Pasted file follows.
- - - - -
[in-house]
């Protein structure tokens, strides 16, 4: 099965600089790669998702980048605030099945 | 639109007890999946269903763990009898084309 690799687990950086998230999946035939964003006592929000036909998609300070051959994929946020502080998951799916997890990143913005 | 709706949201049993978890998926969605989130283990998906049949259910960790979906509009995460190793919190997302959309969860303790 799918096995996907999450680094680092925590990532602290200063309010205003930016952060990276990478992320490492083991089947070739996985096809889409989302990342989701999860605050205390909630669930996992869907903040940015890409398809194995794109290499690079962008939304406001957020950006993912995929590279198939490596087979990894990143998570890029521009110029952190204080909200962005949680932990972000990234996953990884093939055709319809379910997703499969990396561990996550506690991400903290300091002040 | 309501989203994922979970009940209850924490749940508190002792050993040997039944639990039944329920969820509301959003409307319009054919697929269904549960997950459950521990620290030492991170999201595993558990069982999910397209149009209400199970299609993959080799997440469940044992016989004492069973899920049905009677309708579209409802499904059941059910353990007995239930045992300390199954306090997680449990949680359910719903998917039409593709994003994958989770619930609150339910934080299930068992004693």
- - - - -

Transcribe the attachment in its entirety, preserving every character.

[in-house]
């Protein structure tokens, strides 16, 4: 099965600089790669998702980048605030099945 | 639109007890999946269903763990009898084309 690799687990950086998230999946035939964003006592929000036909998609300070051959994929946020502080998951799916997890990143913005 | 709706949201049993978890998926969605989130283990998906049949259910960790979906509009995460190793919190997302959309969860303790 799918096995996907999450680094680092925590990532602290200063309010205003930016952060990276990478992320490492083991089947070739996985096809889409989302990342989701999860605050205390909630669930996992869907903040940015890409398809194995794109290499690079962008939304406001957020950006993912995929590279198939490596087979990894990143998570890029521009110029952190204080909200962005949680932990972000990234996953990884093939055709319809379910997703499969990396561990996550506690991400903290300091002040 | 309501989203994922979970009940209850924490749940508190002792050993040997039944639990039944329920969820509301959003409307319009054919697929269904549960997950459950521990620290030492991170999201595993558990069982999910397209149009209400199970299609993959080799997440469940044992016989004492069973899920049905009677309708579209409802499904059941059910353990007995239930045992300390199954306090997680449990949680359910719903998917039409593709994003994958989770619930609150339910934080299930068992004693």